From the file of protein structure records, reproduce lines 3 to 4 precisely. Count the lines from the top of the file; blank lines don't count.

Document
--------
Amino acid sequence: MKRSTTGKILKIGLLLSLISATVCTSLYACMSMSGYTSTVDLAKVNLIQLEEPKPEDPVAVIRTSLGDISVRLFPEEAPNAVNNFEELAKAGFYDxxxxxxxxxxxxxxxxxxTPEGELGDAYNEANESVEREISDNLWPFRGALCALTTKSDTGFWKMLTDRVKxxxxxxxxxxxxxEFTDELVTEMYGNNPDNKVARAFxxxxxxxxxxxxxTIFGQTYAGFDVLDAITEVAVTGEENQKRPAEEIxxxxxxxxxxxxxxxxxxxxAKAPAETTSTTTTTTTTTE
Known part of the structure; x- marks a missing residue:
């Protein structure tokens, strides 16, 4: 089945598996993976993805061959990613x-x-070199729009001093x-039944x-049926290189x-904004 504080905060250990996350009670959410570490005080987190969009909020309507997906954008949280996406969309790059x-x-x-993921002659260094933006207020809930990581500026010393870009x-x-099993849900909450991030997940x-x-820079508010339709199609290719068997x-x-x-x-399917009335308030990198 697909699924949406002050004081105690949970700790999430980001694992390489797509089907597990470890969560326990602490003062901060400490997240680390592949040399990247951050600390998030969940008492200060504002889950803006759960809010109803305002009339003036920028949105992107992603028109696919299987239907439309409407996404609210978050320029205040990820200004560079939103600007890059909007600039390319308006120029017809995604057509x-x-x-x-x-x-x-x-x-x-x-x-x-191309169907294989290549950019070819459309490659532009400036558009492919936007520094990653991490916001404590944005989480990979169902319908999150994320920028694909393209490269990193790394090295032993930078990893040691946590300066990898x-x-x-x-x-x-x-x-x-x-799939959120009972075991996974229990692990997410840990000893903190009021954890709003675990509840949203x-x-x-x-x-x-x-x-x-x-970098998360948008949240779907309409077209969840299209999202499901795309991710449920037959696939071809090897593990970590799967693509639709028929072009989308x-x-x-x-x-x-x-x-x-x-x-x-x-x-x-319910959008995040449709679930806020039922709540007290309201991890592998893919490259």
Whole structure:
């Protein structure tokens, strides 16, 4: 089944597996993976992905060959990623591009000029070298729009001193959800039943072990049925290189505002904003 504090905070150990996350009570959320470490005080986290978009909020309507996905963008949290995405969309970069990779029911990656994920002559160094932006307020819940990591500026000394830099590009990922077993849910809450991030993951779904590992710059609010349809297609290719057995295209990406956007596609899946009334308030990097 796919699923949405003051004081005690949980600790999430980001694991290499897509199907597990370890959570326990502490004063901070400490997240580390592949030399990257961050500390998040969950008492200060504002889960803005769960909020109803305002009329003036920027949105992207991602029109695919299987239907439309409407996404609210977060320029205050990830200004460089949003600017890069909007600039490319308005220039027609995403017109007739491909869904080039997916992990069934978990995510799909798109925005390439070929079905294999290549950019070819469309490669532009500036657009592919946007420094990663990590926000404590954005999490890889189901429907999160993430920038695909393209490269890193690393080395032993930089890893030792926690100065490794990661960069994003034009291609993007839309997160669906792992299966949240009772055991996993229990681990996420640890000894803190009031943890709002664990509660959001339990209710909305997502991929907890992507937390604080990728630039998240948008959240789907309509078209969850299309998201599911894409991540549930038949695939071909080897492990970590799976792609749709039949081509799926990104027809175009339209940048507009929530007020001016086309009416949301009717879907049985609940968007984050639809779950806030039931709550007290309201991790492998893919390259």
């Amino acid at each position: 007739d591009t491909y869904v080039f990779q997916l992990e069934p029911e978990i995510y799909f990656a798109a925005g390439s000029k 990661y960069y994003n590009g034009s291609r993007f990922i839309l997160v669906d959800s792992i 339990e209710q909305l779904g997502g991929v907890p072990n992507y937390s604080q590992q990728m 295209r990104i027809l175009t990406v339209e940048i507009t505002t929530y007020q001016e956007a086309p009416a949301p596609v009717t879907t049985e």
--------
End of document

């Protein structure tokens, strides 16, 4: 089945598996993976993805061959990613x-x-070199729009001093x-039944x-049926290189x-904004 504080905060250990996350009670959410570490005080987190969009909020309507997906954008949280996406969309790059x-x-x-993921002659260094933006207020809930990581500026010393870009x-x-099993849900909450991030997940x-x-820079508010339709199609290719068997x-x-x-x-399917009335308030990198 697909699924949406002050004081105690949970700790999430980001694992390489797509089907597990470890969560326990602490003062901060400490997240680390592949040399990247951050600390998030969940008492200060504002889950803006759960809010109803305002009339003036920028949105992107992603028109696919299987239907439309409407996404609210978050320029205040990820200004560079939103600007890059909007600039390319308006120029017809995604057509x-x-x-x-x-x-x-x-x-x-x-x-x-191309169907294989290549950019070819459309490659532009400036558009492919936007520094990653991490916001404590944005989480990979169902319908999150994320920028694909393209490269990193790394090295032993930078990893040691946590300066990898x-x-x-x-x-x-x-x-x-x-799939959120009972075991996974229990692990997410840990000893903190009021954890709003675990509840949203x-x-x-x-x-x-x-x-x-x-970098998360948008949240779907309409077209969840299209999202499901795309991710449920037959696939071809090897593990970590799967693509639709028929072009989308x-x-x-x-x-x-x-x-x-x-x-x-x-x-x-319910959008995040449709679930806020039922709540007290309201991890592998893919490259």
Whole structure: